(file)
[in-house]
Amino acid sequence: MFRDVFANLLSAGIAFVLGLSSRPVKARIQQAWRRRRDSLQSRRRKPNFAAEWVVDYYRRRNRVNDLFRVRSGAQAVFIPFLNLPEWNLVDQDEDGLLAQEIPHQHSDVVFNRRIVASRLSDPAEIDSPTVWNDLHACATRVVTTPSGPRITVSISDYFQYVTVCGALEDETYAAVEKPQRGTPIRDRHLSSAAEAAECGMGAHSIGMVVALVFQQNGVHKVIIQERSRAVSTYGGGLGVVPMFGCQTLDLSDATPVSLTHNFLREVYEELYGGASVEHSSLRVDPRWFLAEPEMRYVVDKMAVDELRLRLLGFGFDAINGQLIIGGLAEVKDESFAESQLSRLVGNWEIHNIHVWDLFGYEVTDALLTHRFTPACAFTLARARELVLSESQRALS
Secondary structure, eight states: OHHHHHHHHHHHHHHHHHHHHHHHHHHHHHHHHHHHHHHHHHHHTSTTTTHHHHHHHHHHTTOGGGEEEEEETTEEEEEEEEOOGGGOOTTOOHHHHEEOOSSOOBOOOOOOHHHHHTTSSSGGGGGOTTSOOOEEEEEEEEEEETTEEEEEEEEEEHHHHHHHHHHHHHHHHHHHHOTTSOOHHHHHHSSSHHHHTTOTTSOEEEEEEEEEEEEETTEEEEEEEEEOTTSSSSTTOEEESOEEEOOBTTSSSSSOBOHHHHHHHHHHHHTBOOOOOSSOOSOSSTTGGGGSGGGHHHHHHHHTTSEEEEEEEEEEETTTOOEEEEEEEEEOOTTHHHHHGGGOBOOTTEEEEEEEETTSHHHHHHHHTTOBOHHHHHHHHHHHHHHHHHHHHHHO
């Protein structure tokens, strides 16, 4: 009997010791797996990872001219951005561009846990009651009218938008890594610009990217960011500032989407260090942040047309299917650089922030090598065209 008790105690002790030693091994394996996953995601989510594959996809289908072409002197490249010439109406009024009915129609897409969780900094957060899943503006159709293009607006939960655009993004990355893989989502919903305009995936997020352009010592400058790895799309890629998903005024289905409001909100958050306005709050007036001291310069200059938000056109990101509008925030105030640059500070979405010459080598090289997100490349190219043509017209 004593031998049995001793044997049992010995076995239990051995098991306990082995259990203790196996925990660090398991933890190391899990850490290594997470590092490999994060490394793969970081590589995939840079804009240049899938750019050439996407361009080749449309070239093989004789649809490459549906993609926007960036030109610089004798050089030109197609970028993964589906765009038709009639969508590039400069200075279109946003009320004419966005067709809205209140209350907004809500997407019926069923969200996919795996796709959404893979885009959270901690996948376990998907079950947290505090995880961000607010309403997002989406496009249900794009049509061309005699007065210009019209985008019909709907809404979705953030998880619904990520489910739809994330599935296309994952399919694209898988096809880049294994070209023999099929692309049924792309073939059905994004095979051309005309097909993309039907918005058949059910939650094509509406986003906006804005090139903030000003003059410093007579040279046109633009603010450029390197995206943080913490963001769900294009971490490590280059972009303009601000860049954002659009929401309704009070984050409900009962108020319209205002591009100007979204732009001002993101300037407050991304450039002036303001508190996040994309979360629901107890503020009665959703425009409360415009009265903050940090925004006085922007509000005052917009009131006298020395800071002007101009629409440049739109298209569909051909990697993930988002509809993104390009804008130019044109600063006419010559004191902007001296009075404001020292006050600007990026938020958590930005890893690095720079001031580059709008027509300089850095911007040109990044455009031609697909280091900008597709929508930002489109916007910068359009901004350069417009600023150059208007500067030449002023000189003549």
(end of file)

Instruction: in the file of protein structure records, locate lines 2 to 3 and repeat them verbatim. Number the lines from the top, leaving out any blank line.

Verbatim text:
Amino acid sequence: MFRDVFANLLSAGIAFVLGLSSRPVKARIQQAWRRRRDSLQSRRRKPNFAAEWVVDYYRRRNRVNDLFRVRSGAQAVFIPFLNLPEWNLVDQDEDGLLAQEIPHQHSDVVFNRRIVASRLSDPAEIDSPTVWNDLHACATRVVTTPSGPRITVSISDYFQYVTVCGALEDETYAAVEKPQRGTPIRDRHLSSAAEAAECGMGAHSIGMVVALVFQQNGVHKVIIQERSRAVSTYGGGLGVVPMFGCQTLDLSDATPVSLTHNFLREVYEELYGGASVEHSSLRVDPRWFLAEPEMRYVVDKMAVDELRLRLLGFGFDAINGQLIIGGLAEVKDESFAESQLSRLVGNWEIHNIHVWDLFGYEVTDALLTHRFTPACAFTLARARELVLSESQRALS
Secondary structure, eight states: OHHHHHHHHHHHHHHHHHHHHHHHHHHHHHHHHHHHHHHHHHHHTSTTTTHHHHHHHHHHTTOGGGEEEEEETTEEEEEEEEOOGGGOOTTOOHHHHEEOOSSOOBOOOOOOHHHHHTTSSSGGGGGOTTSOOOEEEEEEEEEEETTEEEEEEEEEEHHHHHHHHHHHHHHHHHHHHOTTSOOHHHHHHSSSHHHHTTOTTSOEEEEEEEEEEEEETTEEEEEEEEEOTTSSSSTTOEEESOEEEOOBTTSSSSSOBOHHHHHHHHHHHHTBOOOOOSSOOSOSSTTGGGGSGGGHHHHHHHHTTSEEEEEEEEEEETTTOOEEEEEEEEEOOTTHHHHHGGGOBOOTTEEEEEEEETTSHHHHHHHHTTOBOHHHHHHHHHHHHHHHHHHHHHHO